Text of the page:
Twitter Demographics

The data shown below were collected from the profiles of 96 tweeters who shared this research output. Click here to find out more about how the information was compiled.

Mendeley readers

The data shown below were compiled from readership statistics for 184 Mendeley readers of this research output. Click here to see the associated Mendeley record.

Geographical breakdown

Country Count As %
Jamaica 1 <1%
United Kingdom 1 <1%
United States 1 <1%
Canada 1 <1%
Unknown 180 98%

Demographic breakdown

Readers by professional status Count As %
Student > Doctoral Student 38 21%
Student > Master 25 14%
Student > Ph. D. Student 22 12%
Other 22 12%
Student > Bachelor 21 11%
Other 56 30%
Readers by discipline Count As %
Medicine and Dentistry 108 59%
Unspecified 19 10%
Nursing and Health Professions 12 7%
Biochemistry, Genetics and Molecular Biology 8 4%
Agricultural and Biological Sciences 8 4%
Other 29 16%

Attention Score in Context

This research output has an Altmetric Attention Score of 75. This is our high-level measure of the quality and quantity of online attention that it has received. This Attention Score, as well as the ranking and number of research outputs shown below, was calculated when the research output was last mentioned on 10 November 2018.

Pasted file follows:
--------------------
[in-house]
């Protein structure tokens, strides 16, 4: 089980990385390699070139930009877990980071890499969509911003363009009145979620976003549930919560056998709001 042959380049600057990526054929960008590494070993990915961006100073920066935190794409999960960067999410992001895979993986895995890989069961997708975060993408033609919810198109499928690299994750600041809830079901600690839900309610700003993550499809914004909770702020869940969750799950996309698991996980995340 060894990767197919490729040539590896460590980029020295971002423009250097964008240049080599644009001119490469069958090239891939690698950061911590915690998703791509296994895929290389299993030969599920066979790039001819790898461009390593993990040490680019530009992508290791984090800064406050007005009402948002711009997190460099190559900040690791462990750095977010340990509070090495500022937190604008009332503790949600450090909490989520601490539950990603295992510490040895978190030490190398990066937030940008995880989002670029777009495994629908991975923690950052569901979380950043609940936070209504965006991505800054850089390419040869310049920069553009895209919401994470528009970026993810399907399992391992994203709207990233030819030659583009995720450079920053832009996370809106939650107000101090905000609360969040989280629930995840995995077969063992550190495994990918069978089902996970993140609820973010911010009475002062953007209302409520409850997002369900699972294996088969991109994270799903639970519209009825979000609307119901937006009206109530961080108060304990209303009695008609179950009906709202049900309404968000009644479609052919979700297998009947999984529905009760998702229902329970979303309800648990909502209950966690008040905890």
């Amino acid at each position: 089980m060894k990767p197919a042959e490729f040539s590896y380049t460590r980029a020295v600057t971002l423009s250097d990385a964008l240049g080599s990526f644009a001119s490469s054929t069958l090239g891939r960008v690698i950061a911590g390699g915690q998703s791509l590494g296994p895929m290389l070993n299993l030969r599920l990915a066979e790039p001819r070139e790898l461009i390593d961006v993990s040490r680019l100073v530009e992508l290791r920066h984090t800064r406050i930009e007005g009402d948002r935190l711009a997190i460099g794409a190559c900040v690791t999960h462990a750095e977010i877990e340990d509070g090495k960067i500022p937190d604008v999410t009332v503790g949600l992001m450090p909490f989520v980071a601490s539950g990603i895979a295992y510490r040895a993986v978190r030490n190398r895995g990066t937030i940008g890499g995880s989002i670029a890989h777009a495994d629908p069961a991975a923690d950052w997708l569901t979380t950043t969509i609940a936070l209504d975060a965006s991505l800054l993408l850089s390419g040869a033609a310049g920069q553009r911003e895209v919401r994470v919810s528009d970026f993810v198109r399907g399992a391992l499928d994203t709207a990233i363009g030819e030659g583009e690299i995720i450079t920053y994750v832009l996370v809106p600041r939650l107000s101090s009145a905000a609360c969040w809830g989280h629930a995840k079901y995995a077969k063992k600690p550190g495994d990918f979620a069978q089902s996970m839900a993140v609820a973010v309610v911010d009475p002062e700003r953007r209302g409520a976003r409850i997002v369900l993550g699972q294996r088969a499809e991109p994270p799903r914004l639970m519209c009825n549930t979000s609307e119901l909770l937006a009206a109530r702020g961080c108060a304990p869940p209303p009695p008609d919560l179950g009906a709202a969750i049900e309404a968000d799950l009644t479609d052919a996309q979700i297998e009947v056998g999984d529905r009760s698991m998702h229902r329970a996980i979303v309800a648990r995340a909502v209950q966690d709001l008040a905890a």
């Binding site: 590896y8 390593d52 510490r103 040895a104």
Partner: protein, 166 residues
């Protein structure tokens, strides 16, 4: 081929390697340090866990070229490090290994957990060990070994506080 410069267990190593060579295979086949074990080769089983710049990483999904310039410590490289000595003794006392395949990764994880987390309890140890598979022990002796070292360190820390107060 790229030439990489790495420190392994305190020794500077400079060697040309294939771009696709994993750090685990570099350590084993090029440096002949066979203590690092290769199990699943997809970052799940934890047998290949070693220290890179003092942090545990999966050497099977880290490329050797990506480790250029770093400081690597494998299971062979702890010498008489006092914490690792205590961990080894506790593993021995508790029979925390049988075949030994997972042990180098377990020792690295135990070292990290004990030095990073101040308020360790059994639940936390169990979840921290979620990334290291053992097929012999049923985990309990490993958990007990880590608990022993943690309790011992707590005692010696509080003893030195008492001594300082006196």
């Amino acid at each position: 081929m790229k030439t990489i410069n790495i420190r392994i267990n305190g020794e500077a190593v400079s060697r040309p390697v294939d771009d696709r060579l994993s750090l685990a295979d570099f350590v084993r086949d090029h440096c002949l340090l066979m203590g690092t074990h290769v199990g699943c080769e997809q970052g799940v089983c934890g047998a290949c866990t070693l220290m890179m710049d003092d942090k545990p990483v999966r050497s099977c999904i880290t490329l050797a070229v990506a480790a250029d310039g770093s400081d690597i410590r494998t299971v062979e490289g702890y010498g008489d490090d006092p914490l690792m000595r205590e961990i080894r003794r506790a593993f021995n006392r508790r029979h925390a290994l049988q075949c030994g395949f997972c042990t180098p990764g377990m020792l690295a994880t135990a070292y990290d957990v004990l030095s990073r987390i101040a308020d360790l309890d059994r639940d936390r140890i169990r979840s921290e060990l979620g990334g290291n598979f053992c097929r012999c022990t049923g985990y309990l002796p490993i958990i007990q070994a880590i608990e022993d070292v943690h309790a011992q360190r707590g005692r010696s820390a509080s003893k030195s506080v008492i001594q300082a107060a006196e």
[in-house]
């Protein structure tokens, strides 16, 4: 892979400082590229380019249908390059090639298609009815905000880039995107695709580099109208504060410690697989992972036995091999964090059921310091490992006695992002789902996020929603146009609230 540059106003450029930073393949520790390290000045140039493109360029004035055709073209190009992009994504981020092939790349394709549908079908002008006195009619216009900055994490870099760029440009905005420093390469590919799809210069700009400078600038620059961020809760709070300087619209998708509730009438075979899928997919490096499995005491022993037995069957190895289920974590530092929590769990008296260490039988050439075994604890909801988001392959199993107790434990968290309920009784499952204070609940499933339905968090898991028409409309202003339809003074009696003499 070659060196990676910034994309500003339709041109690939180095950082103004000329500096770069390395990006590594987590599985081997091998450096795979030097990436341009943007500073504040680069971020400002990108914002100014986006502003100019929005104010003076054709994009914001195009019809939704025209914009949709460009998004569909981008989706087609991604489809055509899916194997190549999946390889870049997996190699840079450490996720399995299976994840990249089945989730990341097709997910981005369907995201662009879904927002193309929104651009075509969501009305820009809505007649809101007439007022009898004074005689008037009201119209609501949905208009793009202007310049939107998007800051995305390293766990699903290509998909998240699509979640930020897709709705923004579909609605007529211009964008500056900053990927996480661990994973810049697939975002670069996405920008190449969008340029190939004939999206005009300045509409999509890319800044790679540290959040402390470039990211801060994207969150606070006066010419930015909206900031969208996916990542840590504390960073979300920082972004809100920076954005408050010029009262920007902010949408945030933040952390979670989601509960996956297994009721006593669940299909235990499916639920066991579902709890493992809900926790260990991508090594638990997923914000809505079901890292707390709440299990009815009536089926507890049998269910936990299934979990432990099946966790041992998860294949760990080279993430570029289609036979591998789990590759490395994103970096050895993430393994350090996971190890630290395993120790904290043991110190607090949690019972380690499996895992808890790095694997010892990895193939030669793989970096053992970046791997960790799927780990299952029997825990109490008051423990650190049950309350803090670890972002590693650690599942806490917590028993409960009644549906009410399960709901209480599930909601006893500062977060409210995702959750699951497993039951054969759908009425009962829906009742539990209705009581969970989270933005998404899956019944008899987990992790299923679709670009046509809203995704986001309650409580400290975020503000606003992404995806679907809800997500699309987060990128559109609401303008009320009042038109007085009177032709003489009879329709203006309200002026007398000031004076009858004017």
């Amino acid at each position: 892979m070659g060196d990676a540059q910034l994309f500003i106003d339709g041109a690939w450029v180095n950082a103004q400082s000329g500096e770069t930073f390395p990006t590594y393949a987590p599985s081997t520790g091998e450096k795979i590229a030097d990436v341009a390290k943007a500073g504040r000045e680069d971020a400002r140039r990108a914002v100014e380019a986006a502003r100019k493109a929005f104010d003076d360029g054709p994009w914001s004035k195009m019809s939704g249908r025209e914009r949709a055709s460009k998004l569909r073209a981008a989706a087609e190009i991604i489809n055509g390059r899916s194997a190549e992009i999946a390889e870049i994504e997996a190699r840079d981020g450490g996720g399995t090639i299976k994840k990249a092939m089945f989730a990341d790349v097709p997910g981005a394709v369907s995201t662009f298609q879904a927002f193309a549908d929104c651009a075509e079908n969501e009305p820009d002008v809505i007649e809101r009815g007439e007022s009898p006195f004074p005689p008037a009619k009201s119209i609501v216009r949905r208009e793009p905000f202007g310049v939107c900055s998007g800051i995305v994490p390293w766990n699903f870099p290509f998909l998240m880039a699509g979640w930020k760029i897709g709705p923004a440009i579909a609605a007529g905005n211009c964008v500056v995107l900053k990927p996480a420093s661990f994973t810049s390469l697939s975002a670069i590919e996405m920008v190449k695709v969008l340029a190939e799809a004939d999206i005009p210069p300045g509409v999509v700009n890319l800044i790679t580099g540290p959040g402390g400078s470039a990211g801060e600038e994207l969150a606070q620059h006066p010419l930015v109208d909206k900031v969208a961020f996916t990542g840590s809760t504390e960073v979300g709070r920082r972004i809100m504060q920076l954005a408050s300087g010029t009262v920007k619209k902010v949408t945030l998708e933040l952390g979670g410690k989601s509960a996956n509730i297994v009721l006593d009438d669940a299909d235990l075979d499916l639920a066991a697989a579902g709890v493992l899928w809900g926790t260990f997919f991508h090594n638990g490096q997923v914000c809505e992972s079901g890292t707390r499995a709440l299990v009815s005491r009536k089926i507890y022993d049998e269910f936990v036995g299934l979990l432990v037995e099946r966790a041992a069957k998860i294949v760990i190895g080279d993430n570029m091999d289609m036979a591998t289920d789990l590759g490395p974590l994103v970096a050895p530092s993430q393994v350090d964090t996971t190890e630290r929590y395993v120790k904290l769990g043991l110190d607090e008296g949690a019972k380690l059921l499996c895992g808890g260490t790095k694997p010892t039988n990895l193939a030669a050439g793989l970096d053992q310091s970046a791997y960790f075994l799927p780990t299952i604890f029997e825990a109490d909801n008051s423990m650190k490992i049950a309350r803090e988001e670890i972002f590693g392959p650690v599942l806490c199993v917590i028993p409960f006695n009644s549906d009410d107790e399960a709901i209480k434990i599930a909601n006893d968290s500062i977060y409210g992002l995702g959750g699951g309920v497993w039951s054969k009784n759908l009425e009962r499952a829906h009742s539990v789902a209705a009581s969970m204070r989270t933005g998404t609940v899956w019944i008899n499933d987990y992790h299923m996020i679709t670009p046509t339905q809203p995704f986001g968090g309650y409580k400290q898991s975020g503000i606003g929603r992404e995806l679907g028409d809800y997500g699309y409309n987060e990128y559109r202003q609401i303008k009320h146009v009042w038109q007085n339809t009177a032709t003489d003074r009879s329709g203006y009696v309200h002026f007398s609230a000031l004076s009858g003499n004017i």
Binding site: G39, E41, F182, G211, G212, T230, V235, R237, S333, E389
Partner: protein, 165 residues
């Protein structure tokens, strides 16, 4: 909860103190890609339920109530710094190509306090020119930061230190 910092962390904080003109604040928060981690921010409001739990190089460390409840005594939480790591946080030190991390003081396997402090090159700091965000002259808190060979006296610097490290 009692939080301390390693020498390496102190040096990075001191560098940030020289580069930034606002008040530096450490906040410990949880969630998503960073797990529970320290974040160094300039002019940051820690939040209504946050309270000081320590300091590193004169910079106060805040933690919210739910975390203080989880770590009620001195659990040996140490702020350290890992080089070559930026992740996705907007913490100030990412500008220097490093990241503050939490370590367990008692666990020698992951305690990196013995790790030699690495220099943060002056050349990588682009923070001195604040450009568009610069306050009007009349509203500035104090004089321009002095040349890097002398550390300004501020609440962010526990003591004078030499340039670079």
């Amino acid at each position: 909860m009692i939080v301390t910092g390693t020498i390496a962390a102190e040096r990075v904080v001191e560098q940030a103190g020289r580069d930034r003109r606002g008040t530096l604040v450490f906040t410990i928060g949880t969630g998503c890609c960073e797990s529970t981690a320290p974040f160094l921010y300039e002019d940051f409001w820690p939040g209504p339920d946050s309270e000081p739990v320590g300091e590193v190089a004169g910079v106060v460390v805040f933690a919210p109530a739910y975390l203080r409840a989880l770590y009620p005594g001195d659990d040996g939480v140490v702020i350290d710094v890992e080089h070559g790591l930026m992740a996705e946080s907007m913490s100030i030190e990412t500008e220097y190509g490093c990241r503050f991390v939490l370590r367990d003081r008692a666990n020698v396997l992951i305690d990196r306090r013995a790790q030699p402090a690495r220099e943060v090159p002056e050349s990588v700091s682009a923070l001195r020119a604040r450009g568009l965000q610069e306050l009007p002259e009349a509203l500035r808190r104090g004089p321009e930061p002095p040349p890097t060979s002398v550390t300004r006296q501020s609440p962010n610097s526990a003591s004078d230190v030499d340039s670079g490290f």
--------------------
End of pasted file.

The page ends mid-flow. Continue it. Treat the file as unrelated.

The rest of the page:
All research outputs
#227,188
of 13,570,857 outputs
Outputs from Cochrane database of systematic reviews
#554
of 10,637 outputs
Outputs of similar age
#8,155
of 260,094 outputs
Outputs of similar age from Cochrane database of systematic reviews
#16
of 140 outputs
Altmetric has tracked 13,570,857 research outputs across all sources so far. Compared to these this one has done particularly well and is in the 98th percentile: it's in the top 5% of all research outputs ever tracked by Altmetric.
So far Altmetric has tracked 10,637 research outputs from this source. They typically receive a lot more attention than average, with a mean Attention Score of 21.1. This one has done particularly well, scoring higher than 94% of its peers.
Older research outputs will score higher simply because they've had more time to accumulate mentions. To account for age we can compare this Altmetric Attention Score to the 260,094 tracked outputs that were published within six weeks on either side of this one in any source. This one has done particularly well, scoring higher than 96% of its contemporaries.
We're also able to compare this research output to 140 others from the same source and published within six weeks on either side of this one. This one has done well, scoring higher than 88% of its contemporaries.